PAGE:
Open every day of the year
Winter Hours (Nov 1 - Feb 28)
Admissions Open 10 a.m. to 4 p.m.
Grounds close at 5 p.m.
Ages 12-64: $13
Ages 65+: $11
Ages 3-11: $9
2 and Under: Free
2014 Free Days: 11/3, 11/14, 11/20
This species of rattlesnake resides in the southeastern United States from southeast North Carolina to Florida and the Florida Keys, west to southern Mississippi and extreme eastern Louisiana.
The eastern diamondback rattlesnake lives in palmetto thickets, dry pinewoods, scrublands, abandoned fields and brushy, grassy areas within its distribution or range.
What Does It Eat?
In the wild: Small mammals including mice, rabbits and squirrels plus a variety of birds.
At the zoo: Rats and mice.
What Eats It?
Juveniles are vulnerable to predation by raptors and other snakes, hogs and fox. Adults are preyed on by larger snakes, hogs and humans.
Rattlesnakes are solitary except during breeding season when snakes gather together in large groups.
Courtship and mating take place from late July through early October. During the mating season, males compete for females through combat sessions. Males raise the front section of their bodies and become entwined with each other and try to throw the other to the ground. The victor wins the right to breed with females in that area. After a gestation period of six to seven months females give birth to live young in a ground burrow or hollow log. Brood sizes range from six to 21 young and females may only bear young every two to three years. Females have been known to protect the young for the first few days after they are born. Newborn snakes are fully formed miniature adults about 12 inches (30 cm) long. They are able to care for themselves at birth and are equipped with needle-sharp fangs and venom powerful enough to deliver a lethal bite to a grown man. Young rattlesnakes have many enemies and a high mortality rate. If they survive, Eastern diamondback rattlesnakes reach maturity in three to four years. In captivity, rattlesnakes may live 20-25 years.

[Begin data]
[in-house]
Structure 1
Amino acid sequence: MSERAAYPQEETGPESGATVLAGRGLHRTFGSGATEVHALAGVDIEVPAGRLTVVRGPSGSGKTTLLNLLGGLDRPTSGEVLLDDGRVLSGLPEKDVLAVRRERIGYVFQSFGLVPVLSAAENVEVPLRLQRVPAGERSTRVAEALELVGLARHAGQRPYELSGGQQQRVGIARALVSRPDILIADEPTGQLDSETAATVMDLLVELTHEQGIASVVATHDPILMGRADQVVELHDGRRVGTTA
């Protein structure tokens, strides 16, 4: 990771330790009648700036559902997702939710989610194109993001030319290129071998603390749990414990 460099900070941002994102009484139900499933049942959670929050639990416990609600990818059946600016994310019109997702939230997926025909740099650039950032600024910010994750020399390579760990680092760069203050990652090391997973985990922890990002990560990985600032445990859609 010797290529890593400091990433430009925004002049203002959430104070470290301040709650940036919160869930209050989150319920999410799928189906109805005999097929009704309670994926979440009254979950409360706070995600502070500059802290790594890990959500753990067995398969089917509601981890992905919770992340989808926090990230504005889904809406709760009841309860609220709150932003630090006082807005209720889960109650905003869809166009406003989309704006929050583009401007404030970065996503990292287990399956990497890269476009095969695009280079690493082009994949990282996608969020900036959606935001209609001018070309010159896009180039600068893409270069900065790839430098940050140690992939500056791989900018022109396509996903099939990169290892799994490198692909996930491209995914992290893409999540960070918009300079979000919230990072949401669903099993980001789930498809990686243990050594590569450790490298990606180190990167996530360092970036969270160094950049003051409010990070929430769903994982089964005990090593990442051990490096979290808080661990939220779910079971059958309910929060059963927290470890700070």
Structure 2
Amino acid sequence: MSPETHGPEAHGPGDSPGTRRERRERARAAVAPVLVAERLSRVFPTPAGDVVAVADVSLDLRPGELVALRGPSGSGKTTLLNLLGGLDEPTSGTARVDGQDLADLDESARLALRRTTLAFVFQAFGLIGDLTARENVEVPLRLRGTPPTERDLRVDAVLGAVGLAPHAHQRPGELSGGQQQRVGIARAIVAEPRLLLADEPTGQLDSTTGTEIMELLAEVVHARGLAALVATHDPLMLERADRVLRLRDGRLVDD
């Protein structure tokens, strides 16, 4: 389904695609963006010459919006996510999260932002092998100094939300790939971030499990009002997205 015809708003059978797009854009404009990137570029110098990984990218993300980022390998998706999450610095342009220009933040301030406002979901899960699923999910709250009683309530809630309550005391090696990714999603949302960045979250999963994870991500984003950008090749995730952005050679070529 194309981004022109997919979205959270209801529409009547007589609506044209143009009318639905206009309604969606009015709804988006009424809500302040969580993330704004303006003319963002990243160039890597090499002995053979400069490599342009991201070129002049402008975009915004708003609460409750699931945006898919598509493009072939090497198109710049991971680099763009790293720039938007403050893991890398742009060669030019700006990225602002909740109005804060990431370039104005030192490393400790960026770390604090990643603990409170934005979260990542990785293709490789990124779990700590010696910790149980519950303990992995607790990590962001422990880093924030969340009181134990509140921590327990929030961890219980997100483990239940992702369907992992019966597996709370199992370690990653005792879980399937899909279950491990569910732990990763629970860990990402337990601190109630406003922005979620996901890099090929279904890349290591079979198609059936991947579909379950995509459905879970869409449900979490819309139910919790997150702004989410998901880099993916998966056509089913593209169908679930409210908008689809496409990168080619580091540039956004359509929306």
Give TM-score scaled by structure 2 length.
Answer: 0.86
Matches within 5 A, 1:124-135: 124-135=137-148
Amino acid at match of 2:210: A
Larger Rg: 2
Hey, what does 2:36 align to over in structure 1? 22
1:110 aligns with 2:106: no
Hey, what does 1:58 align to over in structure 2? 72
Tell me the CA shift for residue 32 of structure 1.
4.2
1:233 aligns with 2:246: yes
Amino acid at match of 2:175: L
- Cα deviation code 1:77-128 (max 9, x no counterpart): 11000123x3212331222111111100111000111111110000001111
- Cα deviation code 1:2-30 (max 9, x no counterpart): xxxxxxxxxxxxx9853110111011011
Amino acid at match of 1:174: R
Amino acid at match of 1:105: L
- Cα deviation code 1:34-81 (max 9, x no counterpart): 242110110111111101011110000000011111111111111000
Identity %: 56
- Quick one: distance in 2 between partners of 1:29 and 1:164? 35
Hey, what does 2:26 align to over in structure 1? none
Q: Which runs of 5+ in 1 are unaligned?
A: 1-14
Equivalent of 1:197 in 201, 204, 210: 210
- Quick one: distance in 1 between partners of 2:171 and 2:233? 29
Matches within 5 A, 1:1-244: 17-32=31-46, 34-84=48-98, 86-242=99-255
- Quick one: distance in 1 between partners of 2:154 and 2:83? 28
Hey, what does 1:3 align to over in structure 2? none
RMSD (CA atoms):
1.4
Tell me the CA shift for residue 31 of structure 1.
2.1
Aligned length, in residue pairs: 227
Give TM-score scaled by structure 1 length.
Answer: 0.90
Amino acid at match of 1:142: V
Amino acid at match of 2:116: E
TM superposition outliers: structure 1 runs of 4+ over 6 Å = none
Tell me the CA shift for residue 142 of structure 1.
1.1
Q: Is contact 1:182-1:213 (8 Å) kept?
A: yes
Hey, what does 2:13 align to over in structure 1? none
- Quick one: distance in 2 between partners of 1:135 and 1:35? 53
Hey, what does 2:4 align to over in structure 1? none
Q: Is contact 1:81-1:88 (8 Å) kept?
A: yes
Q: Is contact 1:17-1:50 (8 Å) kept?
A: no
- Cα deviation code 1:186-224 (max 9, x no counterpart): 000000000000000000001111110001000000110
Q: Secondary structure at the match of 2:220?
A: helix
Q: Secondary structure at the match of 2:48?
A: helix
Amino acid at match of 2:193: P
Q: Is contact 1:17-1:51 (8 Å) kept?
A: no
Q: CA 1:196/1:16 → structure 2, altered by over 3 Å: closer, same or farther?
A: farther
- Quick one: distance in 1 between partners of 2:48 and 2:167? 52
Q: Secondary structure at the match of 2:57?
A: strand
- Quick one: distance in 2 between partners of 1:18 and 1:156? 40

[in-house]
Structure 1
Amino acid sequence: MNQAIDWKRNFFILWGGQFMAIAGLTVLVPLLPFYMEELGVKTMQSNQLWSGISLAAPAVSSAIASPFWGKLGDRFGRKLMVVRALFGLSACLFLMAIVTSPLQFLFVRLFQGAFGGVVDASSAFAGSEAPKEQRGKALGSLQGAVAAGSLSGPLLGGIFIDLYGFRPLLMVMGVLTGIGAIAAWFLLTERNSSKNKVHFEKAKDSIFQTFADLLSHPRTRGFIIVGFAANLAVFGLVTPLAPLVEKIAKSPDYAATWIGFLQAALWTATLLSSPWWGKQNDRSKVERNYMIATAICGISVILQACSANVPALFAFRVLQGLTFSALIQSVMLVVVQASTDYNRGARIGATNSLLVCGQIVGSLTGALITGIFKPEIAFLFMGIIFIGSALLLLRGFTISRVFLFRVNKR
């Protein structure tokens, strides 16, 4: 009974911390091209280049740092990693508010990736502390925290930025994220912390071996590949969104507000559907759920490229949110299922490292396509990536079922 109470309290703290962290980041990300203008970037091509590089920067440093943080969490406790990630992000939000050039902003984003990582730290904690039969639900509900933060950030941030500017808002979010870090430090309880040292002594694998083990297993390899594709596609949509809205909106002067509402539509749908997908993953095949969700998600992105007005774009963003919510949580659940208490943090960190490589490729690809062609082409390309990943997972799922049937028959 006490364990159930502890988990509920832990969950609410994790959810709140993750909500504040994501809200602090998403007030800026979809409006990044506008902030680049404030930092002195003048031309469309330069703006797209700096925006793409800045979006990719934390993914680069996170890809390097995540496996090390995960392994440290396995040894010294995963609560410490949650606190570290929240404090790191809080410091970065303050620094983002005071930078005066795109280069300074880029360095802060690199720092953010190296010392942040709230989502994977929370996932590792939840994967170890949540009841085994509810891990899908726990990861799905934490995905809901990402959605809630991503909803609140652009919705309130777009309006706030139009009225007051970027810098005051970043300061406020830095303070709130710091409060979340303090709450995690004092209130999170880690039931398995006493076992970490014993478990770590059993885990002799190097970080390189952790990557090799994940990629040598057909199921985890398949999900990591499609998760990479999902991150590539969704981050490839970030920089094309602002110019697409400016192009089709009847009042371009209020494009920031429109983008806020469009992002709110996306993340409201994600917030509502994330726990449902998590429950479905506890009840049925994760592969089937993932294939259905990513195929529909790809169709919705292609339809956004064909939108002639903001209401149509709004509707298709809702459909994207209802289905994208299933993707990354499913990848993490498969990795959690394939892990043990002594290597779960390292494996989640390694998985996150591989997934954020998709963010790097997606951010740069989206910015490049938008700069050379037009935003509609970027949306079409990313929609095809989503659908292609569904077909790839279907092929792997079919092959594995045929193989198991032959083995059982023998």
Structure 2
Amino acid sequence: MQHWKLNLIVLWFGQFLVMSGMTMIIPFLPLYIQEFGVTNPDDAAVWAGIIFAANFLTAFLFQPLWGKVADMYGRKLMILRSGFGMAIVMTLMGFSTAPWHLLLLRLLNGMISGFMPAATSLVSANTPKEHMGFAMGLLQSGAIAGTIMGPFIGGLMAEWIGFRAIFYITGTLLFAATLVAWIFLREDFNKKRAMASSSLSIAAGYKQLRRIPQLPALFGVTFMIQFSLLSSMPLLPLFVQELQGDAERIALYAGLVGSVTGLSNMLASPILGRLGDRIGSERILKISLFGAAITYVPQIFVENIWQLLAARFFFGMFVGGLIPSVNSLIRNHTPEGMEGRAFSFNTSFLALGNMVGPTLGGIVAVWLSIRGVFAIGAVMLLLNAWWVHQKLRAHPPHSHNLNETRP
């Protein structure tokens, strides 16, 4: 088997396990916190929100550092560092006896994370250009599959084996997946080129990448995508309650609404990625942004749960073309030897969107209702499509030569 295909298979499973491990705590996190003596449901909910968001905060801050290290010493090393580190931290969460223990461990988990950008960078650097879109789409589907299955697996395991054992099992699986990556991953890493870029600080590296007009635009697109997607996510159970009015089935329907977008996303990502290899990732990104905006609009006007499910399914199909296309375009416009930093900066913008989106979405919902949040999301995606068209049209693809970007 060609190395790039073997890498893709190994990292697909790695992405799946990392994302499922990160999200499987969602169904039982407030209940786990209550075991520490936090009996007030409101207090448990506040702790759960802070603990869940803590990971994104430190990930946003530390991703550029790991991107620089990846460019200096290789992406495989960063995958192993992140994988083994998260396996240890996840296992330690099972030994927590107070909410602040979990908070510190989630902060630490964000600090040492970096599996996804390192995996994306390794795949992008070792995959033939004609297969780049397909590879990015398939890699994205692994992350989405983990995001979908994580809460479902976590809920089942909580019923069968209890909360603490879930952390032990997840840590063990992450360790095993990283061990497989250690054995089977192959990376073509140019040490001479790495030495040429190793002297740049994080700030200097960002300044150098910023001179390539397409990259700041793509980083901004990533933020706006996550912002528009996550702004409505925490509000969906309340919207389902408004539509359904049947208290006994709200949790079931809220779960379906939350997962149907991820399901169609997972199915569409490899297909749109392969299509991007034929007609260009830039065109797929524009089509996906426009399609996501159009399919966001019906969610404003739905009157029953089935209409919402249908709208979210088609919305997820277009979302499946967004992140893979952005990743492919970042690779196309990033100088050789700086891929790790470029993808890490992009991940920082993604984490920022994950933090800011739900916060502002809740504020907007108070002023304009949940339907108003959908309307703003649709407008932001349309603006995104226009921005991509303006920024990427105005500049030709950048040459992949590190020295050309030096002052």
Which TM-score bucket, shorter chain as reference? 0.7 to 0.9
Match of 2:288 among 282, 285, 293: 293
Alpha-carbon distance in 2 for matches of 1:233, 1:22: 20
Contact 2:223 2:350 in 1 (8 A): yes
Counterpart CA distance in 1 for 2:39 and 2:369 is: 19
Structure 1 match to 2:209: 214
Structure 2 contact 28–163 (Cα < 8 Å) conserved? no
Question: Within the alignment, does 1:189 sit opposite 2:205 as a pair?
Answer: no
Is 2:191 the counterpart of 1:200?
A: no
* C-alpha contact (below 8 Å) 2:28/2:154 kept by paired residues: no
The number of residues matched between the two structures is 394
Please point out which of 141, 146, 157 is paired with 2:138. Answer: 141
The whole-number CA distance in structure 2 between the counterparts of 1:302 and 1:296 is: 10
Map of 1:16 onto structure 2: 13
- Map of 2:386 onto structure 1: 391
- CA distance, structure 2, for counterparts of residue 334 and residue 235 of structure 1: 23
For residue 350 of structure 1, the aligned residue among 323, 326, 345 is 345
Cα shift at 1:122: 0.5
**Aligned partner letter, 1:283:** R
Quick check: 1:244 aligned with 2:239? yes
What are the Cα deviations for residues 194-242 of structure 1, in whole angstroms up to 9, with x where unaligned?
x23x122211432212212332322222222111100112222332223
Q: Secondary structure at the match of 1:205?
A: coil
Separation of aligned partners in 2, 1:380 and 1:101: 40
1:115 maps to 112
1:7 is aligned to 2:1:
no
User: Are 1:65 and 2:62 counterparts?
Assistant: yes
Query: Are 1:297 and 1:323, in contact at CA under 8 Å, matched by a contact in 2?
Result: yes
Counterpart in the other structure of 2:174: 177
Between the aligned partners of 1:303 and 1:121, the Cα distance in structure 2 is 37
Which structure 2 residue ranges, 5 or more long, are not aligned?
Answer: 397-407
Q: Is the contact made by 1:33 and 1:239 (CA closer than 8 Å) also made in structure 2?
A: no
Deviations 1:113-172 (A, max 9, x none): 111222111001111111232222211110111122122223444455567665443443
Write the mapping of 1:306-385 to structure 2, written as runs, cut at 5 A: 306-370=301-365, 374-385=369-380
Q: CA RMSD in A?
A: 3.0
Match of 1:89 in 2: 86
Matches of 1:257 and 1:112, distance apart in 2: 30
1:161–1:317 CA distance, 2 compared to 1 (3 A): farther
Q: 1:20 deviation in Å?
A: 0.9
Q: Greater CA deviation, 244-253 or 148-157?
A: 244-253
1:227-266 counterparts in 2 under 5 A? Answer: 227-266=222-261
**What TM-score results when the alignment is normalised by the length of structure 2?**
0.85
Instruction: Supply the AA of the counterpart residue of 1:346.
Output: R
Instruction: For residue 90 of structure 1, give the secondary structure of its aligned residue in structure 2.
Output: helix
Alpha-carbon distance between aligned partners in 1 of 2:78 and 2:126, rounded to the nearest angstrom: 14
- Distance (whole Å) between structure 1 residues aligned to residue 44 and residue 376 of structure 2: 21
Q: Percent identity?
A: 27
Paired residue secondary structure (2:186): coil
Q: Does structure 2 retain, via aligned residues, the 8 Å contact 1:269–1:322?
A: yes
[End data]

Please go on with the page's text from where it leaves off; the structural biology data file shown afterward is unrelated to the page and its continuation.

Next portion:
Rattle, Rattle, Go Away
Rattlesnakes are named for the rattle attached to their tail. They are the only snakes that have rattles. The rattle consists of up to 10 loosely connected segments in adults. Segments are added each time the snake sheds but segments may also break off easily. When threatened, the snake rapidly shakes its tail causing the distinctive rattling sound to warn potential predators to go away. However, when hunting prey, rattlesnakes are silent.
Beware the Bite
Rattlesnakes hunt by ambushing prey, lying in wait for prey to come along or silently sneaking up on the unsuspecting victim. When a rattlesnake strikes, the fangs enter and within a fraction of a second in the prey inject a lethal dose of powerful venom. The snake then retreats to a safe hiding place to wait for the victim to die. Prey is swallowed whole, starting with the head. Venom kills the prey but also aids in the process of digestion. Snake venom is also a means of defense against potential predators that learn to avoid these dangerous snakes.
It’s the Pits
Rattlesnakes have heat-sensing pits located between their eyes and nostrils. Rattlesnakes often hunt at night and these sense organs enable the snakes to “see” the heat given off by the bodies of warm-blooded animals such as rodents. Even if the animals are not moving, they are giving off heat that the snake can detect. As the rattlesnake moves its head from side to side, the pits detect warmer or cooler areas that pinpoint the direction and location of potential prey.
IUCN Status – Least Concern.
Although not endangered, the eastern diamondback rattlesnake is in trouble. It is disappearing from many areas due to conversion of natural habitat for suburban housing communities and agricultural development. Rattlesnakes may also be killed by humans out of fear, even though they are extremely beneficial to humans in controlling rodent populations.